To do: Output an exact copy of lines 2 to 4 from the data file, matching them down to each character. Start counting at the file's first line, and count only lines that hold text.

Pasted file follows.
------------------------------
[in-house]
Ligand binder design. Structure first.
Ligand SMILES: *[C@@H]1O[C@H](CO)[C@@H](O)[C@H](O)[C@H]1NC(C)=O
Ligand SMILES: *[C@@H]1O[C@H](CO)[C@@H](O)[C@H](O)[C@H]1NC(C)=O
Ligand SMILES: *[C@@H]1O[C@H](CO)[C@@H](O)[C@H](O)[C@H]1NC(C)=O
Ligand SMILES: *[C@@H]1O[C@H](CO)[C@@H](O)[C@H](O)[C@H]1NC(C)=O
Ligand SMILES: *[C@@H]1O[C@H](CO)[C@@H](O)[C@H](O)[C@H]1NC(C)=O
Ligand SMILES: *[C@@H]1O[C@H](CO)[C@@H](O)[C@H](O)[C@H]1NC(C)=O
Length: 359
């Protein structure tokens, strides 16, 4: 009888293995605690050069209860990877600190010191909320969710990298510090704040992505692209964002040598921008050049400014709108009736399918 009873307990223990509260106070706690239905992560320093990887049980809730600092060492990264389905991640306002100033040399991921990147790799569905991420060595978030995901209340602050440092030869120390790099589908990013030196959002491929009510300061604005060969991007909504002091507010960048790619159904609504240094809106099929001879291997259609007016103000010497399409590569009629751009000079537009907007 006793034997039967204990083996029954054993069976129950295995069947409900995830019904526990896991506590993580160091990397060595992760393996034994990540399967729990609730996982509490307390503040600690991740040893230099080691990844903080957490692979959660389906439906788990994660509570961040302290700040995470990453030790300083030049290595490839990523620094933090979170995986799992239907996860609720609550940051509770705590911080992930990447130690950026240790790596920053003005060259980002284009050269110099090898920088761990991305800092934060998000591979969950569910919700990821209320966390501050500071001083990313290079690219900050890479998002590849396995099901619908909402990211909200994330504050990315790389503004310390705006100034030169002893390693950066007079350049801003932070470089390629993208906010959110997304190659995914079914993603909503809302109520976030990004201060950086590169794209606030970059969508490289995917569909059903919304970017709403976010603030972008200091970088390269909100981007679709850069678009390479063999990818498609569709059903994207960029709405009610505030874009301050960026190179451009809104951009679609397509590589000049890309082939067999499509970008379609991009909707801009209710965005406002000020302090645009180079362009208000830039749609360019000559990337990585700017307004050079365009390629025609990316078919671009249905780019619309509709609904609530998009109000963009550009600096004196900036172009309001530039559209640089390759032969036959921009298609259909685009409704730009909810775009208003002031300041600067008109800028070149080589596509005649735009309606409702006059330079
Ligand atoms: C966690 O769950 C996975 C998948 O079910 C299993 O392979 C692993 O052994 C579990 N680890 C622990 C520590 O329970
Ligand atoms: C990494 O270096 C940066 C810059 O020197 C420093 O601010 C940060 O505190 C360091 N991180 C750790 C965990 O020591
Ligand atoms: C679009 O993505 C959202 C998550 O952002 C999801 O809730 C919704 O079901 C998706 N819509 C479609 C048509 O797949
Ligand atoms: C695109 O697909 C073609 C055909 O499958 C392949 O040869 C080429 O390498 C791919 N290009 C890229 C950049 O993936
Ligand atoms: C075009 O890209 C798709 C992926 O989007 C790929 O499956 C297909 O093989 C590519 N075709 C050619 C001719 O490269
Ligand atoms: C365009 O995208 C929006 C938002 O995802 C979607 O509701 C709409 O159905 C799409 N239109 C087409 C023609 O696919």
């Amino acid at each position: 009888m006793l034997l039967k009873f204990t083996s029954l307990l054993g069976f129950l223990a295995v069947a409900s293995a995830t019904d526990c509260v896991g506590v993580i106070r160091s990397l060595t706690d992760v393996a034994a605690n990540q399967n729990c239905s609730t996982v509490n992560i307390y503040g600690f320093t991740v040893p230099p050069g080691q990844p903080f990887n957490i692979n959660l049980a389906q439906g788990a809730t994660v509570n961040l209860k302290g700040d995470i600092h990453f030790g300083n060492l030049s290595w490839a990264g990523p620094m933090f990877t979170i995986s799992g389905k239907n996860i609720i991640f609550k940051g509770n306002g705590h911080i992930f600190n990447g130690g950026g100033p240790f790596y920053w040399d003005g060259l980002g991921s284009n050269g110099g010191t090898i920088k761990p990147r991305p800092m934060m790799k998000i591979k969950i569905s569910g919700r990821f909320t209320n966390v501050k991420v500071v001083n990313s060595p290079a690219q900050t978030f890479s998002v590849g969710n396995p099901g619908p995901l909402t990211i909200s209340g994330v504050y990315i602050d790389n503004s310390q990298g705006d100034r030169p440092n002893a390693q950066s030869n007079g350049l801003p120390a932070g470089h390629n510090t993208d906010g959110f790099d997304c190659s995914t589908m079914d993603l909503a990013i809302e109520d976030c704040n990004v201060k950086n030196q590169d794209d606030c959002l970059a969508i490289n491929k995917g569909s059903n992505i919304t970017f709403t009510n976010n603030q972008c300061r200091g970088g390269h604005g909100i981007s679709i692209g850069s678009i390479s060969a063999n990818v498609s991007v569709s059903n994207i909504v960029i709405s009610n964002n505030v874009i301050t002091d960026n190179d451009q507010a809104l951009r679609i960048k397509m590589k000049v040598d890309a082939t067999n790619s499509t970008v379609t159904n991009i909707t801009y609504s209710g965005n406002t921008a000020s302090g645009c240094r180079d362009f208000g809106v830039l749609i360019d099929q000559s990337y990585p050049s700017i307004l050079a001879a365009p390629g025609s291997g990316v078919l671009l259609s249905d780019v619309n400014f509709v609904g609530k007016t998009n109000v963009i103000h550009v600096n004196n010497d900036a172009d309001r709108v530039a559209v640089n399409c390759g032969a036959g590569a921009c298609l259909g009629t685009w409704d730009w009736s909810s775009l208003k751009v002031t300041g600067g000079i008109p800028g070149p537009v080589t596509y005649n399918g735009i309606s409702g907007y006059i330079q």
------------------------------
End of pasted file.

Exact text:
Ligand binder design. Structure first.
Ligand SMILES: *[C@@H]1O[C@H](CO)[C@@H](O)[C@H](O)[C@H]1NC(C)=O
Ligand SMILES: *[C@@H]1O[C@H](CO)[C@@H](O)[C@H](O)[C@H]1NC(C)=O